Compared to Hanoi and Prague, the Miss America contest that took place in Atlantic City in September 1968 may seem like small potatoes. In retrospect, it was an event of major significance. Reading all of these books on 1968, it is astonishing to recall that all the major decision-makers in the United States were men, with the noteworthy exception of Anna Chennault of the “China Lobby,” who helped further Richard Nixon’s duplicity by pleading with South Vietnamese leader Nguyen Van Thieu to resist signing any peace deal. The most vivid example is provided by the 14 so-called “wise men” who in March 1968 urged LBJ to begin to disengage from Vietnam; they were all male, white, and with two exceptions (Abe Fortas, a Jew, and Robert Murphy, a Catholic), Protestant. It is little wonder that feminist activists chose to protest against what they called the “degrading, mindless-boob-girlie symbol” represented by the pageant.

As if trying to mimic the ruling class they were seeking to oust, the New Left movements of 1968 were also dominated by men, many of them with the most reactionary attitudes toward women one can imagine. In 1964, Stokely Carmichael, then a field organizer for the Student Nonviolent Coordinating Committee, declared that “the only position for women in SNCC” was “prone [sic, supine].” In the early days of organizations like Students for a Democratic Society, too, women’s voices were rarely heard, and the issue of gender equality garnered little attention. Among young radical men, free sex and drugs fueled fatal posturings of machismo and an atmosphere in which women were expected to reward courageous draft resisters with their bodies. It would not be long before those women formed, partly from these experiences, a radical critique of power relations between the sexes.

As if the events of 1968 were taking place in a totally different world, that year saw in the United States the election of Richard Nixon. Lawrence O’Donnell published a history of the 1968 campaign last year, and this year has produced, so far, at least half a dozen more treatments. For the most part, they cover the same stories, relating how Allard Lowenstein, an activist and aspiring politician, searched for a protest candidate to challenge Johnson and eventually persuaded the otherwise ambivalent Eugene McCarthy to run, and how after McCarthy’s surprising performance in New Hampshire, Robert Kennedy jumped in. Johnson surprised everyone by withdrawing from the race (although he made clear that he would accept a draft); Hubert Humphrey experienced repeated humiliation from LBJ before, at the very last minute, finding his voice; Ronald Reagan made his first run for national office; George Wallace and his independent candidacy displayed a bit of Trumpism before Trump; and Nixon chose, of all potential leaders, Spiro Agnew to be his running mate.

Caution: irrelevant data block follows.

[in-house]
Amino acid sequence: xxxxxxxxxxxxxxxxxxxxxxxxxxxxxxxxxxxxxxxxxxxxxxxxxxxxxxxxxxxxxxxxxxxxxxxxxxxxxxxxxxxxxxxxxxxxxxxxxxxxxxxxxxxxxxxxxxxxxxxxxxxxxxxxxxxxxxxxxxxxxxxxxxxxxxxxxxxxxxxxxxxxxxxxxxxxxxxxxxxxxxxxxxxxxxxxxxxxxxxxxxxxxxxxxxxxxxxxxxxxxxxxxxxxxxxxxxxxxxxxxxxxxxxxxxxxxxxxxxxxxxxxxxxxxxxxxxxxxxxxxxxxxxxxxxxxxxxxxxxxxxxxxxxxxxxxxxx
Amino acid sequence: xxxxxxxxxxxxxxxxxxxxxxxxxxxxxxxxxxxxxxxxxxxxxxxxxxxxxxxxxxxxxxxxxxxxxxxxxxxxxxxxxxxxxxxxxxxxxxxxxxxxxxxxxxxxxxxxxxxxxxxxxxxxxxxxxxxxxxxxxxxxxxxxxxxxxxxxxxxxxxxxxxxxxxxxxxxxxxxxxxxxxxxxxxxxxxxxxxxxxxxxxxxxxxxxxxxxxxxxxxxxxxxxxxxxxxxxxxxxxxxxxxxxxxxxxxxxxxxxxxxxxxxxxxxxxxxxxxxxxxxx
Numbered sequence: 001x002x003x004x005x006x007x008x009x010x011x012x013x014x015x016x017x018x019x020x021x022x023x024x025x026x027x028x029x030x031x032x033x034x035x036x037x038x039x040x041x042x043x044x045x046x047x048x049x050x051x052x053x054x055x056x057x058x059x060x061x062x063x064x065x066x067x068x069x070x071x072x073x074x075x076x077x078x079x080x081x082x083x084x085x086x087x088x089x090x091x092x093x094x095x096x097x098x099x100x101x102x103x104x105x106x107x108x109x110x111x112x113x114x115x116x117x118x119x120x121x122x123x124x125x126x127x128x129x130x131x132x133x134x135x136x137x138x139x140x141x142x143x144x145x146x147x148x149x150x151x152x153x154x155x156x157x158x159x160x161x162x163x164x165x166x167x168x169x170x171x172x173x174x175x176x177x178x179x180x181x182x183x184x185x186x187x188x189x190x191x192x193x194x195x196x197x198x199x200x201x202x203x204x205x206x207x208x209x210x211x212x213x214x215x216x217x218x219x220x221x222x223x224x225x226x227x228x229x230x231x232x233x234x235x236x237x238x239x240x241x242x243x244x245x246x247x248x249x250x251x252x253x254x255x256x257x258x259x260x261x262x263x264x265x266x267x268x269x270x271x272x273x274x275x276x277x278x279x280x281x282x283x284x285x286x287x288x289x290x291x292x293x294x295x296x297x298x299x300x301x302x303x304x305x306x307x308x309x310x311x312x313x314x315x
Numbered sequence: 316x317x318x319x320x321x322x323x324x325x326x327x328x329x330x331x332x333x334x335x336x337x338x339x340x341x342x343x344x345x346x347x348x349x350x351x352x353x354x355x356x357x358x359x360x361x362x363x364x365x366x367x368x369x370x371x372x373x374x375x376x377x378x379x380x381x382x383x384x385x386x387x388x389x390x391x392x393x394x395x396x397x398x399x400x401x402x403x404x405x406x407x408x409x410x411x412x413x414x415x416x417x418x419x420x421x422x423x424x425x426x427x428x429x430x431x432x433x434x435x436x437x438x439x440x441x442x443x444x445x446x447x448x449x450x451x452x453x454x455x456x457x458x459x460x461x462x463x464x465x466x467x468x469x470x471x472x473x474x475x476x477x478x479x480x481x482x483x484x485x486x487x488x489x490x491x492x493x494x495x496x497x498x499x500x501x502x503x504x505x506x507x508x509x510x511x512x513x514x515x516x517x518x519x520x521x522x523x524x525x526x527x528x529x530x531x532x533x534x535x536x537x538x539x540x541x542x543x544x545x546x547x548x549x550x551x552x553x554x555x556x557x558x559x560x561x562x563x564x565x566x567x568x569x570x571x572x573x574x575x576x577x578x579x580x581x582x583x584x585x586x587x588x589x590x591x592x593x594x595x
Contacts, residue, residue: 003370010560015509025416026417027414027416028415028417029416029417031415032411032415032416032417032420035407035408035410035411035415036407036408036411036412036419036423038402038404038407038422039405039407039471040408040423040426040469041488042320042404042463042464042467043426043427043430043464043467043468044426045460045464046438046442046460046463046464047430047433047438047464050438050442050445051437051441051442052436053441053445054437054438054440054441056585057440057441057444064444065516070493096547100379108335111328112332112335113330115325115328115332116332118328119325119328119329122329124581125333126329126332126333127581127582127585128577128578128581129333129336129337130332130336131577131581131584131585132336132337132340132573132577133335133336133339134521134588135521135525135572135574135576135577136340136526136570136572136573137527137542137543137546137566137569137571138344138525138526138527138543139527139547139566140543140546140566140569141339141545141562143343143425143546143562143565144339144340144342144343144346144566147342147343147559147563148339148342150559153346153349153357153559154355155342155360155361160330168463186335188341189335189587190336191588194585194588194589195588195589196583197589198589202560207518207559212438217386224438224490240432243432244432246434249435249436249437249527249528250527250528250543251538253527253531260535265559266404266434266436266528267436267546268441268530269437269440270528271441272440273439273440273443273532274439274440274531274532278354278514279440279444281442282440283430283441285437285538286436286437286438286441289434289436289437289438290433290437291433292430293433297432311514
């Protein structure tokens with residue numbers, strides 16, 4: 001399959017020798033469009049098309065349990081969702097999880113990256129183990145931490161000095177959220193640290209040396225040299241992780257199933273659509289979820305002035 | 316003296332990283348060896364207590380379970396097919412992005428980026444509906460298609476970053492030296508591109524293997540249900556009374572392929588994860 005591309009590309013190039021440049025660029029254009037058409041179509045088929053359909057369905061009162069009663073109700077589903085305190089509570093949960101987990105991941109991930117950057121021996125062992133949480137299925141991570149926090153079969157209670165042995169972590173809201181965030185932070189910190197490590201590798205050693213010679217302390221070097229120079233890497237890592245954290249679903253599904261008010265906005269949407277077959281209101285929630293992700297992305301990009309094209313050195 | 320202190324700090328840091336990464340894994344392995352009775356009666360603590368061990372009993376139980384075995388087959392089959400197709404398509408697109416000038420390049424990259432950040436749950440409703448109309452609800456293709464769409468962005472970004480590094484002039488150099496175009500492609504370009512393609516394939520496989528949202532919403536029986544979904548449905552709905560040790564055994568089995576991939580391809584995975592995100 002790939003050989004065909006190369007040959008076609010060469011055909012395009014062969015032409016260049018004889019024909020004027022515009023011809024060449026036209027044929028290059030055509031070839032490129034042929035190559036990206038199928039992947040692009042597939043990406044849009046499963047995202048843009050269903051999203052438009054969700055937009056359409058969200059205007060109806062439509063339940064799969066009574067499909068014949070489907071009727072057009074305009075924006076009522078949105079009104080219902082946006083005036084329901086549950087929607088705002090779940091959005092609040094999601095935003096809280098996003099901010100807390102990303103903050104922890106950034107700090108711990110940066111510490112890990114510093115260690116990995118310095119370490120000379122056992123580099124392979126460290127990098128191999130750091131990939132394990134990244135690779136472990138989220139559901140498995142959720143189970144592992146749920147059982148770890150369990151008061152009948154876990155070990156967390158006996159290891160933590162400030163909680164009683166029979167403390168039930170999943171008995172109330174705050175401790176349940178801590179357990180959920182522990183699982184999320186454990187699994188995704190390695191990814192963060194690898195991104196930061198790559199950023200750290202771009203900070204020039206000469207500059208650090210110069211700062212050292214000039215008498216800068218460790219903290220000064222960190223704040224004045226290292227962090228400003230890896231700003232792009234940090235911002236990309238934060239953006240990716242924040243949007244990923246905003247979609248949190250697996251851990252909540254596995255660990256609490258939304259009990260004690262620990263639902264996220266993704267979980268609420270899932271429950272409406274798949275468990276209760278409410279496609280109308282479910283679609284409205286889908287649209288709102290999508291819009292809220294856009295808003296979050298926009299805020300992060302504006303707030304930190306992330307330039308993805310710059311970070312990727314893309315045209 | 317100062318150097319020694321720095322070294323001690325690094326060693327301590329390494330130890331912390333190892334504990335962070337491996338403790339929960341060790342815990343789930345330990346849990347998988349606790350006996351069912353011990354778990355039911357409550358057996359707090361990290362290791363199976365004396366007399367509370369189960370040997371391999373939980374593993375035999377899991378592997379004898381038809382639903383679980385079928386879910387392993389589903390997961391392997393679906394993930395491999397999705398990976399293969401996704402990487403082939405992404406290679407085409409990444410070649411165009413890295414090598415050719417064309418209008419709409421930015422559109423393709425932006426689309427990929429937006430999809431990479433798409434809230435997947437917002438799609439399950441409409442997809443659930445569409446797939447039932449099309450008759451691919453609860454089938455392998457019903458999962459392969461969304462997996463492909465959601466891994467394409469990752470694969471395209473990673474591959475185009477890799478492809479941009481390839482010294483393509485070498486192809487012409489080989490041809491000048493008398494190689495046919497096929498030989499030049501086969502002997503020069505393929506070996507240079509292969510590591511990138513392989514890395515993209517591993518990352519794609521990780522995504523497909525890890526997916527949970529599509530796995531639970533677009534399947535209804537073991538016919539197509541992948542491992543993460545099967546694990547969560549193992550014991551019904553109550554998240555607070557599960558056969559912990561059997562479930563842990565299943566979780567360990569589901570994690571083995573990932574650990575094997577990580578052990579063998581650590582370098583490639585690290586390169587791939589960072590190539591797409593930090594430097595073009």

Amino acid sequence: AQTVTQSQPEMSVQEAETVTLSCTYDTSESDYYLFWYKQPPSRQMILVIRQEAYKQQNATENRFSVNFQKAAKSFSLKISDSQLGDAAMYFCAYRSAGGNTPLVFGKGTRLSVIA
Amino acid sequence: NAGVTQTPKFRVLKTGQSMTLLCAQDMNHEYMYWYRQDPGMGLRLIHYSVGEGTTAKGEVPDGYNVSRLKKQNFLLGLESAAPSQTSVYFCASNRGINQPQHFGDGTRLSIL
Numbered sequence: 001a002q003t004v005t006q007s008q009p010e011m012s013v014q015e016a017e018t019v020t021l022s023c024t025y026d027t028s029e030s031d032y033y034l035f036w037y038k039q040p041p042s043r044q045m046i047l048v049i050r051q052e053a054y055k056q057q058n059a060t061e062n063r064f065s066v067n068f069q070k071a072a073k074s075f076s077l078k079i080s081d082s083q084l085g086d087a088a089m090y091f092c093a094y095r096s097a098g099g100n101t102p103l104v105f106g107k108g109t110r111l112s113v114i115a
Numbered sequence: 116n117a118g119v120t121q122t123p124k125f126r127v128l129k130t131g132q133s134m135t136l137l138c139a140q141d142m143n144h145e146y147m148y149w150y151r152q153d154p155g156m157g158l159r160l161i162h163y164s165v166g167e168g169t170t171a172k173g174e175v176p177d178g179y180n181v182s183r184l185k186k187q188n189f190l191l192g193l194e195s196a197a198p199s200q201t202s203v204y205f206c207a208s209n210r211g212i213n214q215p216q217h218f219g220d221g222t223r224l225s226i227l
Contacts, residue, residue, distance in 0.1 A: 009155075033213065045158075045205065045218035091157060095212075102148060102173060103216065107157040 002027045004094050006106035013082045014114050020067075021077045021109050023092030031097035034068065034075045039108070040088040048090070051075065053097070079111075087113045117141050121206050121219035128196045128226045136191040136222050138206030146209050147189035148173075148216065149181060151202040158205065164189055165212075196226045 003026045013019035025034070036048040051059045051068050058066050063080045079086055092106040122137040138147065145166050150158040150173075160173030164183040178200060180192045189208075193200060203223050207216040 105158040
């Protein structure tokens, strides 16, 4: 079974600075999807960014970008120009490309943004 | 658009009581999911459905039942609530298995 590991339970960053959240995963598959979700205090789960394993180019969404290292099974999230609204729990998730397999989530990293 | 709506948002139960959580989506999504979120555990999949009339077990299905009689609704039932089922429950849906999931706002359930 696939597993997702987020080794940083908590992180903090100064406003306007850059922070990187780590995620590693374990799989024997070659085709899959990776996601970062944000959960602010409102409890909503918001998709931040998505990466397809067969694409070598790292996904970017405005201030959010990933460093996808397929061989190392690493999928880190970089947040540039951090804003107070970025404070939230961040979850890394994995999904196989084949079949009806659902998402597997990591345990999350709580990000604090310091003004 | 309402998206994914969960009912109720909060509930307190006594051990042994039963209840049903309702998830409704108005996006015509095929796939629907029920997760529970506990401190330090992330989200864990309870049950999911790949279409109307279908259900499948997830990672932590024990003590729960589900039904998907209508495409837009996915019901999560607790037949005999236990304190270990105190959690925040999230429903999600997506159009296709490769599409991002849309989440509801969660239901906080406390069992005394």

Charles Kaiser’s 1968 in America—published 30 years ago and now reprinted for the 50th anniversary—magically conveys the spirit of the times, blending his treatment of the election that gave us Nixon with the culture that gave us Grace Slick, Jim Morrison, and Marvin Gaye. Kaiser’s chapter on rock and roll is, in fact, the best in the book. He identifies as the “one man” who “did more than anyone else to break down the barriers that had traditionally kept American musicians apart” in the years before 1968 John Henry Hammond Jr. Born to wealth—his mother was a Vanderbilt—Hammond possessed an astonishing ability to discover talent and, more importantly, to cross racial lines in bringing that talent together. Without him, Billie Holiday, Sonny Terry, and Aretha Franklin, among many others, might still be unknown to white audiences.

Kaiser downplays, wrongly I believe, just how much white musicians essentially stole from black artists. But he rightly understands how much the tumult of the times shook all previous alignments, including racial ones. “Through television,” Kaiser concludes, “the Vietnam generation participated in a terrible tide of death and destruction as the political center repeatedly failed to hold during the balance of the years. But in their worst moments, the children of the sixties took solace from the music that kept rolling out of the radio.”

So what shall we make of this year of discontent? Richard Vinen concludes his book, easily the very best of the newly published ones being considered here, with this observation: few 68ers became hippies on communes, terrorists, government ministers or multimillionaires but the majority had unspectacular careers that often involved a degree of self-sacrifice.” I think he gets the balance precisely correct: 1968 without question changed lives, but it is an open question how much it changed societies—and in what direction.